Flora, seu De Florum Cultura Lib. IV. Editio Nova. Accurante Bernh: Rottendorffio, Sereniß. Electoris Colon: Medico Cubiculario, &c.
Quarto in 8s (9 1/4â€ x 7 1/4â€, 236mm x 184mm). Ï€2 (?)4 _-4_4 5_2 A-Ii8 Kk6 Ll4 Mm2 (Mm2 blank), blank [$4 (â€“(?)4, _4, 2_4
by Ferrari, Giovanni Battista, Bernhard Rottendorff
Amsterdam: Jan Janszoon (apud Joannem Janssonium), 1646. Quarto in 8s (9 1/4” x 7 1/4”, 236mm x 184mm). π2 (?)4 _-4_4 5_2 A-Ii8 Kk6 Ll4 Mm2 (Mm2 blank), blank [$4 (–(?)4, _4, 2_4, 3_4, 4_4, A1, D4, G1, P4, Kk4, Ll4; N4 missigned as “4. N.”, O3 missigned as “G 3”]; 285 leaves (including plates) + 1 additional plate; pp. , 522, . Collated perfect with Bayerische Staatsbibliothek copy (Res/4 Oecon. 124) Hardcover. Near fine. Bound in contemporary full vellum with yapp edges. Six cords visible at hinges. On spine, pasted orange hand-written title-piece (Ferrarius. s.j. / Flora.). Edges of text-block stained red. Fore-corners slightly bumped, yapp edges slightly soiled. Patches of light soiling to covers and to top and bottom edges of covers. Splits to front and rear paste-downs. Plate opp. p. 125 misprinted as 119; p. 123 (engraving of narcissus bulb and leaves) pasted over. As in other copies, there is an added plate between Aa6 and Aa7 (numbered 381, opposite p. 381). Edge-stains dark and even. On the front paste-down, a smudge of the red pigment from the edge-stain. Almost entirely devoid of foxing and tanning. Engravings crisp and vivid. A bright, tight, unsophisticated copy. At the lower fore-corner of the frontispiece, old ownership stamp of the Lyons Jesuit College (Lugdunensis Soc. Jesu), and, at the upper edge of the front paste-down, their (presumably) shelf-mark (1f –175B 2, 248). Ferrari (1584-1655), a Sienese Jesuit, was Professor of Hebrew and of Rhetoric at the Jesuit College in Rome, and at the same time advisor to the pope on the Vatican gardens and to Cardinal Francesco Barberini, whose Horti Barberini were the laboratory of this endeavor. The fruit of this learning is this four-book treatise ranging from the tools of the gardener to the morphology of flowers, the layout of gardens and the arrangement of flowers in a vase. The work is a milestone both in the breadth of its treatment of interest in flowers, as well as marking the standards of Italian taste in the early seventeenth century. Notably, the work features the first ever botanical illustration based on microscopy (Ii2r, p. 499). No book had ever been so systematic in its analysis of flowers. The first edition was published Rome 1633, and is rather scarce. 1638 saw translation of the work into Italian (as Flora overo cultura di fiori…). This 1646 edition, which declares itself to be a “new edition, refined by Berhnard Rottendorf”, is nearly identical to the 1633 edition, the pagination even lining up (save minor alterations such as the replacement of “v” with “u”). The major addition is a 36-page dedicatory letter from Bernhard Rottendorff (1594-1671), a Jesuit medical doctor and chamberlain to the Archbishop of Cologne, to Count Franz Wilhelm von Wartenburg, Bishop of Osnabrück. The plates have, I believe, been re-cut, the original artists’ names having also been removed. The plates are continuous in pagination (i.e., integral with the text), and some retain their deckled fore-edge, suggesting very minimal trimming. Coffin, David. Gardens and Gardening in Papal Rome, 175-8. Ibid. The Italian Flower Garden, 72-80. Masson, Georgina. Italian Flower Collectors’ Gardens in Seventeenth Century Italy.Nissen 620, Pritzel 2877. Antiquarian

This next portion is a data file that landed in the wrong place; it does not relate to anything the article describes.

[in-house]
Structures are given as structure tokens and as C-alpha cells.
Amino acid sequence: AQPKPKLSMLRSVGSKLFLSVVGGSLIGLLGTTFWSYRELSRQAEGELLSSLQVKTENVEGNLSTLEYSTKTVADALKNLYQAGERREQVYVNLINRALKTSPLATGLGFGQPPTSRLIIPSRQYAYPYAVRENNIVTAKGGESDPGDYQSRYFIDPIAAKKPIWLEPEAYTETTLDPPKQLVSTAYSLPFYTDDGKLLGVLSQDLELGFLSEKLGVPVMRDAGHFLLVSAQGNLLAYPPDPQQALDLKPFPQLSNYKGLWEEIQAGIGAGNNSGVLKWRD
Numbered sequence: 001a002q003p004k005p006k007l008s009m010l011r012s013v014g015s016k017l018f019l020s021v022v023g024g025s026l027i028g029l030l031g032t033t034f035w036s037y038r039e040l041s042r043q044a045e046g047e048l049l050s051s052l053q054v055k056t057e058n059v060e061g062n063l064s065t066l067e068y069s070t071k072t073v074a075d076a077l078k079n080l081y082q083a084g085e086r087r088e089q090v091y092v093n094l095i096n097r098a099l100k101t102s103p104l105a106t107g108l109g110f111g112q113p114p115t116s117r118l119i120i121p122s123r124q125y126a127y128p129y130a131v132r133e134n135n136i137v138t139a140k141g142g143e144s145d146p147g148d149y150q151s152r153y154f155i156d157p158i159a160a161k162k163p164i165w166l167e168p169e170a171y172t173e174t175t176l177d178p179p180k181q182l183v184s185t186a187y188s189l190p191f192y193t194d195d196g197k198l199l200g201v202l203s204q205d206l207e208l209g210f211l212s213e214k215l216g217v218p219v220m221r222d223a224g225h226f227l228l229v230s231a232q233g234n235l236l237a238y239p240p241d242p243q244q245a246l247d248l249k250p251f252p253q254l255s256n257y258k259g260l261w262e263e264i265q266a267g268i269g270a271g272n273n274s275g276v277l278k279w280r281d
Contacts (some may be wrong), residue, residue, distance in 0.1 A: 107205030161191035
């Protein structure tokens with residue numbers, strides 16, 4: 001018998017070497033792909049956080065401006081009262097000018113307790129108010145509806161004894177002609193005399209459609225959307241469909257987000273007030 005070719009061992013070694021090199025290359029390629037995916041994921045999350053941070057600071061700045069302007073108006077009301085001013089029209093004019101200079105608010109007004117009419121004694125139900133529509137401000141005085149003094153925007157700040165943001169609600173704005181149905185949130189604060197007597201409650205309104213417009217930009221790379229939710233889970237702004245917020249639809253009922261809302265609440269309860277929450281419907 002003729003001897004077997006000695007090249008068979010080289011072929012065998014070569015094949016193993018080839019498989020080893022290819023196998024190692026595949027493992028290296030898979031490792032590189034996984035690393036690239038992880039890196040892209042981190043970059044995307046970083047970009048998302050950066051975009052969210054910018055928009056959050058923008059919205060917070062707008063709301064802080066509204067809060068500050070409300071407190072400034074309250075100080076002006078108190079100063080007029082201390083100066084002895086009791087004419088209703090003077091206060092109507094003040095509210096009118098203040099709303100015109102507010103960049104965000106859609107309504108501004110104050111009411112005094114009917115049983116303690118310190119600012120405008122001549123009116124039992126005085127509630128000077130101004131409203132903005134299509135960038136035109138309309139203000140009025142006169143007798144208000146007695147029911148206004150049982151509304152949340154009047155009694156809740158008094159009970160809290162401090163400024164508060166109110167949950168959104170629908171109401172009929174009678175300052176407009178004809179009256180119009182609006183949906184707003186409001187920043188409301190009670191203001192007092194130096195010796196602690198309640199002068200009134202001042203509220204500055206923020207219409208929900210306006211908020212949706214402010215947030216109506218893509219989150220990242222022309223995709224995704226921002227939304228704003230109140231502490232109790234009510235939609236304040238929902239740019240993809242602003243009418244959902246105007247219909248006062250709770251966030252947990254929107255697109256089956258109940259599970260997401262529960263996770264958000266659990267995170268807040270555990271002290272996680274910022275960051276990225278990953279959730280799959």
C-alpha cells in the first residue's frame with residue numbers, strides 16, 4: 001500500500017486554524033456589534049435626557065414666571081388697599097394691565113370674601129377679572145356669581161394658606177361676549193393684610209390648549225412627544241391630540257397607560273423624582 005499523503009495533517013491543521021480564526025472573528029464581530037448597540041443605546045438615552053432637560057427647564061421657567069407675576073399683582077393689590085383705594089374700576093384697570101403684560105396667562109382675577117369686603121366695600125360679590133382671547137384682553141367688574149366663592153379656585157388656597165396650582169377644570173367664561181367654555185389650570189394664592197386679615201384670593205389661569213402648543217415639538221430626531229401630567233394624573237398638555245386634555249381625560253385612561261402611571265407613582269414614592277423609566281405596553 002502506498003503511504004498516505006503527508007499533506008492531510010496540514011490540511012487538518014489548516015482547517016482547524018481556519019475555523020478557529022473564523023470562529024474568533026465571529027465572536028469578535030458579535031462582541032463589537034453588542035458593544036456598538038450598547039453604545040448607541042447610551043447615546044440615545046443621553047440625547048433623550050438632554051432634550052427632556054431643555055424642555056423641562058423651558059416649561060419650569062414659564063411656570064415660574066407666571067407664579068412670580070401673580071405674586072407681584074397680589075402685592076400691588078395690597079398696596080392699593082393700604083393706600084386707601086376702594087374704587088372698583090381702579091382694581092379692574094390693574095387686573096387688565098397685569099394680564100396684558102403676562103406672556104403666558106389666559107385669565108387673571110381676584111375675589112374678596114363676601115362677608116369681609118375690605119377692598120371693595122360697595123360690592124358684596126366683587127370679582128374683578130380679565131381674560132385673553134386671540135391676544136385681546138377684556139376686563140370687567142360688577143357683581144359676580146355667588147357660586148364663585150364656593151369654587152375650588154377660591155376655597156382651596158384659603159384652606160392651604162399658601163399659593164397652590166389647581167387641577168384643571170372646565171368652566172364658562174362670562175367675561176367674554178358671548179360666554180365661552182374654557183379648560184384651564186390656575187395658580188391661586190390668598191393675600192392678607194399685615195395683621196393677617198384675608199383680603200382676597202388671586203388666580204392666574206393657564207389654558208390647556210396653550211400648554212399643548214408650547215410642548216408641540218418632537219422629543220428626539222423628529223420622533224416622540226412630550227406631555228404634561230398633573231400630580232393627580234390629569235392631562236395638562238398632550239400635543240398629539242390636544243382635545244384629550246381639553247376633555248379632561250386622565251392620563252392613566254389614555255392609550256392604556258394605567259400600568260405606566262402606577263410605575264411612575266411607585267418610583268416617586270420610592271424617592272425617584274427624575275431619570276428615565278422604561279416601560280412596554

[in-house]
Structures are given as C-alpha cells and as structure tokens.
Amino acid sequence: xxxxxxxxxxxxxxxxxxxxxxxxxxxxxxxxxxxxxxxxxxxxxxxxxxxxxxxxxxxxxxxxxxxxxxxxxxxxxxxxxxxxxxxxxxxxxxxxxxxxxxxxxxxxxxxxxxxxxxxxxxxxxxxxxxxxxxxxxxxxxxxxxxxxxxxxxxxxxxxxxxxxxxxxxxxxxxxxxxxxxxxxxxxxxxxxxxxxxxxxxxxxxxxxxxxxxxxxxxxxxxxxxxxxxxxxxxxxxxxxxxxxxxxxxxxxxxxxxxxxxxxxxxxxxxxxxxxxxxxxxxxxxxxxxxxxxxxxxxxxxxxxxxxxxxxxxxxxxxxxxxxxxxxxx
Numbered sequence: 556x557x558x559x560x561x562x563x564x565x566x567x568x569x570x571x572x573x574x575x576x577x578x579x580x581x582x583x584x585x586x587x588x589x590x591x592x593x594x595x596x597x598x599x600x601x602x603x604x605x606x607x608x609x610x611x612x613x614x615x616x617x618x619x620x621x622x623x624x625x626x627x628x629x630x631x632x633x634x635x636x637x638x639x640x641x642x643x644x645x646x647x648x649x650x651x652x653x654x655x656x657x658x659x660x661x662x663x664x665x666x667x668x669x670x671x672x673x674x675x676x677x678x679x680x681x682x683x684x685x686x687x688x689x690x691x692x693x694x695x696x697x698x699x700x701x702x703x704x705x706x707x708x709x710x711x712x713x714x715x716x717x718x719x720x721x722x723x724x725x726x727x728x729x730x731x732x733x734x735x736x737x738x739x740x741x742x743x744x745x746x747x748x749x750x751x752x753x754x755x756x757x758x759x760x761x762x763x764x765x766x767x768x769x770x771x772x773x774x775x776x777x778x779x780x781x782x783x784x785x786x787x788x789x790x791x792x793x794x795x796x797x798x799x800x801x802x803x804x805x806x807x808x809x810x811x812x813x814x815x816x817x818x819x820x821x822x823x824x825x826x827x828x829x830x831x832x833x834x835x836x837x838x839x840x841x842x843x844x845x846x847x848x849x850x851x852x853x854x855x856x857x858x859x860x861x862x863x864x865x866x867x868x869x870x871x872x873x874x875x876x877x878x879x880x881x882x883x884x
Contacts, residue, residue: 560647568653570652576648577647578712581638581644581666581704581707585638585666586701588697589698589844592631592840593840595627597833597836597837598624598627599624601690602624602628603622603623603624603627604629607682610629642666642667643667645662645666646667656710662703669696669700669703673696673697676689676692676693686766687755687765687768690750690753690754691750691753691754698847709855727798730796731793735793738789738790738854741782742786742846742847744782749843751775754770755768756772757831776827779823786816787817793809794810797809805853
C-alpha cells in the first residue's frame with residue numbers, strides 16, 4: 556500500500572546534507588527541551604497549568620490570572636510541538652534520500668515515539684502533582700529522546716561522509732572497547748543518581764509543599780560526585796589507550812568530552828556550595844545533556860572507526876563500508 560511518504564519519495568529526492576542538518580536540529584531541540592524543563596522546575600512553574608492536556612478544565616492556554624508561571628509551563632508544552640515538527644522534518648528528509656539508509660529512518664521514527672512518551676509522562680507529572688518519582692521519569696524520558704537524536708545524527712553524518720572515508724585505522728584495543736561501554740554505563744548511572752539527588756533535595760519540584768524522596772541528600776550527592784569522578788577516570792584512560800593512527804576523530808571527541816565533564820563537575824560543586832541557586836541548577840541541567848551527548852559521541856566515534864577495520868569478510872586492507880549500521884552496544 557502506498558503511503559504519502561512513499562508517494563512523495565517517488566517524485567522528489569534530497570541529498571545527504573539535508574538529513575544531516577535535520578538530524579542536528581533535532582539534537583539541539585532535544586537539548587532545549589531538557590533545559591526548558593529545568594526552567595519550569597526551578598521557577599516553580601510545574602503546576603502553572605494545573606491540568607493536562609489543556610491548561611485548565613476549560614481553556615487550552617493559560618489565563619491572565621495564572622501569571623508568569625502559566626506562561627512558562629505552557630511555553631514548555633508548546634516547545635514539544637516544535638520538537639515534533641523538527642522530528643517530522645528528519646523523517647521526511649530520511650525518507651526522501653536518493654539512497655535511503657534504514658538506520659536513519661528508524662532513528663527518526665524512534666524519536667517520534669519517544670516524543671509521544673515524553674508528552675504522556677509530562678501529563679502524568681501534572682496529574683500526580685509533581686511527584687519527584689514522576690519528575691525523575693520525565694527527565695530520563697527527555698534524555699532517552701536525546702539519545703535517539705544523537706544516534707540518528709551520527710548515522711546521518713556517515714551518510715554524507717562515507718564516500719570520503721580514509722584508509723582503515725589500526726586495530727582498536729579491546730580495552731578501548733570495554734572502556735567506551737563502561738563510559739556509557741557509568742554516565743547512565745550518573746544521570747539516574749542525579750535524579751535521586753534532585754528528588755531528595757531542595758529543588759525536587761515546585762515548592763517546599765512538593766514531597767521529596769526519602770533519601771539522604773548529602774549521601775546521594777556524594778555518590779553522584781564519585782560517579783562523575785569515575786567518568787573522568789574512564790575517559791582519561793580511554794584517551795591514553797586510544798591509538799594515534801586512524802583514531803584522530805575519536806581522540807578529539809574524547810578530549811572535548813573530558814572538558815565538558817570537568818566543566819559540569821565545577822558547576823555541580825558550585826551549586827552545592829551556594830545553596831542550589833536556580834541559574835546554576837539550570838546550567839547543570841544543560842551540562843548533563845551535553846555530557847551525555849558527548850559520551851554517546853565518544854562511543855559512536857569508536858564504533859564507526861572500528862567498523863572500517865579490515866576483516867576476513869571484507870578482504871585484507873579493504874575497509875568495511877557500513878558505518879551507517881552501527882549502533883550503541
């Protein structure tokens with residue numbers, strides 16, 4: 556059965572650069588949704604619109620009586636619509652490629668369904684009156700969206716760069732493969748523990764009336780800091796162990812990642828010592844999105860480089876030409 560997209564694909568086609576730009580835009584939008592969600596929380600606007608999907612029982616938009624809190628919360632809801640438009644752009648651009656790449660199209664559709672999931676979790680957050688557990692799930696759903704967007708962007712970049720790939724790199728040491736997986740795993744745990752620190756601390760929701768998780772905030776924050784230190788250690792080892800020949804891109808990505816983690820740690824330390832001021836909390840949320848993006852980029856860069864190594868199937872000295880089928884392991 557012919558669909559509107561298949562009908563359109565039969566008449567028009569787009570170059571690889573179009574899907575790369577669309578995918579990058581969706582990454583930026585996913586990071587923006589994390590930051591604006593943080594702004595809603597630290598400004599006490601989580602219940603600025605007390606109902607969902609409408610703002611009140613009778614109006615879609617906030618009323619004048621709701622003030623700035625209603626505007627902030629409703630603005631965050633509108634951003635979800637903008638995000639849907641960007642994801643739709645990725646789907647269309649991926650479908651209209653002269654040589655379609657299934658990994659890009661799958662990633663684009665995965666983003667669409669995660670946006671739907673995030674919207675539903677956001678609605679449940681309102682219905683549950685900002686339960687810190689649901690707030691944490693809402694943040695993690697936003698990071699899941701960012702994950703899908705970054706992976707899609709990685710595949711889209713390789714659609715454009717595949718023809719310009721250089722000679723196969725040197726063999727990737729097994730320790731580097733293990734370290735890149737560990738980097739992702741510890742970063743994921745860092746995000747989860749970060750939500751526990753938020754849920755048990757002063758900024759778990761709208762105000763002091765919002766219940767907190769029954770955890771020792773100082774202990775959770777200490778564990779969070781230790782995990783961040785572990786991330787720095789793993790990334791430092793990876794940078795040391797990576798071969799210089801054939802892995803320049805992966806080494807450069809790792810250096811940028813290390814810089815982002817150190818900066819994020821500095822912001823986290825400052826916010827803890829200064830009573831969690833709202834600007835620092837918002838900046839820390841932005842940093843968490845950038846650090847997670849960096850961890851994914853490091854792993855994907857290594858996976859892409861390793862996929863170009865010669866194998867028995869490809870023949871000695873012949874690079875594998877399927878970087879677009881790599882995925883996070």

(Inventory #: 4112)
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